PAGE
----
Reverse Mortgage Investor Market Lags in Response to Rising Rates

The demand and pricing for reverse mortgage securities among investors has fallen  sharply, leading to a downward shift in broker pricing for individual loans in the market.

Leading up to news out of the Federal Reserve Bank that sent markets reeling, secondary market pricing declines for HECM Backed Mortgage Securities (HMBS) had already been under way, according to those who trade the securities. But the Fed stating it could begin to back away from downward pressure on interest rates further sent prices on a sharp decline.

“Long before the Fed news [last] week, it seemed that the HECM market, regardless of its growth is still dwarfed in investor sponsorship versus these other assets,” one Wall Street trader told RMD. “It has been basically supported by very few broker dealers.”


Brokers in the market for individual loans have also reported prices falling, with the most substantial downturn seen following the Fed announcement, which indicated the Fed will taper back its bond purchasing which has

“I think we are about to see a major repricing occur if things don’t turn quickly,” the trader said.

One effect of the higher rates is shorter repayment of the loans, relative to lower rates, which may lead to pricing shifts.

“If rates rise, HECMs supporting adjustable rate HMBS reach the 98% assignment to HUD faster, shortening average lives” says Michael McCully, partner with New View Advisors. “For fixed rate HMBS in a rising interest rate environment, the underlying HECMs will have less value, and HMBS prices will fall. Investors paying premiums will be concerned about this dynamic.”

Average rates for 30-year fixed rate mortgages rose 50 basis points to 4.38% week over week according to real estate hub Zillow, which released data Tuesday, with analysts foreseeing rate volatility in the short term.

The decline is not specific to HMBS, but spans fixed-income securities more generally relative to other products.

“It’s a roller-coaster ride,” Walter Schmidt, head of mortgage strategy at FTN Financial told the Wall Street Journal with respect to the impact on mortgage-backed securities. “We’re kind of getting a feeling of stability, but like a roller coaster it’s very tenuous because you know the next drop is coming.”

Written by Elizabeth Ecker

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  • We are in the process of seeing a potentially dramatic turn of events. The danger of a single major outlet for HECMs is now beginning to be felt. (This comment focuses solely on all HECMs but Savers.)

    As to fixed rate HECMs, the anticipated date of assignment to HUD is readily determinable (unless a termination event occurs before assignment) but not as to adjustable rate HECMs. While there is an inherent problem with adjustable rate HECMs and rising interest rates when it comes to HUD assignment being required earlier than expected (because of the 98% maximum claim amount rule based on balances due), the expected date of assignment computation generally assumes balances due are at or near current principal limits which may or may not be the case. As to market valuation and pricing, the facts are not necessarily a criterion but rather investor market anticipation and perception of how adjustable rate HECMs work and the anticipated future in the change of interest rate indexes.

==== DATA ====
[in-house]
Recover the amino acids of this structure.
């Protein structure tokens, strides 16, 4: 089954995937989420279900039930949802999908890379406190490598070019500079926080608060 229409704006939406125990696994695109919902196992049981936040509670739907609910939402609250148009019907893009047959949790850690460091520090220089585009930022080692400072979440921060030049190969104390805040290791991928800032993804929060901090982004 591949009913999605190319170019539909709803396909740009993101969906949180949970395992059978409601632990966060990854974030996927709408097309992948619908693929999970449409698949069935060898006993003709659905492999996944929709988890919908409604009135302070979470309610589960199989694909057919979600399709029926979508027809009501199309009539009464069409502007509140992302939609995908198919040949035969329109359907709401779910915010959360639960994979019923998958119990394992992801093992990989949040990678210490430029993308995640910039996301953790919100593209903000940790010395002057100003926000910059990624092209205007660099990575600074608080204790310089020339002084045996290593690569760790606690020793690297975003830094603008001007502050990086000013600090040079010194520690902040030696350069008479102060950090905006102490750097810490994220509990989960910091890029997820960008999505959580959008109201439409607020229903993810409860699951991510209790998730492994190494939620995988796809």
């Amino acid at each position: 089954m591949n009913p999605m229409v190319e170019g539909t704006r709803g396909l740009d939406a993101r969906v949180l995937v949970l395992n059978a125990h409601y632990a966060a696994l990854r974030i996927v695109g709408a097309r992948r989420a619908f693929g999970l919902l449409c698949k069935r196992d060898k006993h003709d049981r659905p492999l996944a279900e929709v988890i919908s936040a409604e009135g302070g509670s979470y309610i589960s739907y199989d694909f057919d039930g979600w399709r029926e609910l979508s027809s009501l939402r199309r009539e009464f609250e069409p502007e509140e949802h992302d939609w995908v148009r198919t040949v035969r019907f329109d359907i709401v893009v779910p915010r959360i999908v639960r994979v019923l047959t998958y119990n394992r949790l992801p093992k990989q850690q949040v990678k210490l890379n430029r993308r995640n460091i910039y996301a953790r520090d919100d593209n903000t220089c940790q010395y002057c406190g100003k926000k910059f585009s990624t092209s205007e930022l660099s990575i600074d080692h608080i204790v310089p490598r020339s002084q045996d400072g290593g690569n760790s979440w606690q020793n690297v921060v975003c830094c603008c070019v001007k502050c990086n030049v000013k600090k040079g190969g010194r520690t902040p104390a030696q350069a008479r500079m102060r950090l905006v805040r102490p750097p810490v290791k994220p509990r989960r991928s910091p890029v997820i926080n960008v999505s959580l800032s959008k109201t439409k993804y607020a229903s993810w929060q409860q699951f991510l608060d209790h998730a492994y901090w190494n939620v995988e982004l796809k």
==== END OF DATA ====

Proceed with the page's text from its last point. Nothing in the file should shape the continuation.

Since the initial HECM principal limit is based on the expected interest rate (or if higher, the interest rate floor, currently at 5.0625%) for that HECM and that rate has been higher than the average effective interest rate accruing on most existing adjustable rate HECMs for some time, the time to assignment is longer than when the average effective note interest rate accruing on the balance due exceeds the expected interest rate (or the floor if higher) for that loan.

    So if HECM HMBS demand in the investor community continues to decline, will processing times to closing be pushed back because of an excess of HECMs waiting for securitization? It would seem pricing on both adjustable and fixed rate products will decline as well. A gradual increase in interest rates would not be as detrimental as a more volatile rise and fall in interest rates or sudden jolts in the rise of interest rates. So let us hope for the former if interest rate indexes rise near term.

    Our future is now more closely tied to market “whims” than at any time before late 2008. How originators and lenders will fare will provide an interesting study on the complexities of the HECM adjustable rate products and that influence on market thinking.Truly when it comes to possible assignment outcomes, adjustable rate HECMs present their own unique difficulties in market anticipation and perception as reflected in both pricing and later valuation following securitization.

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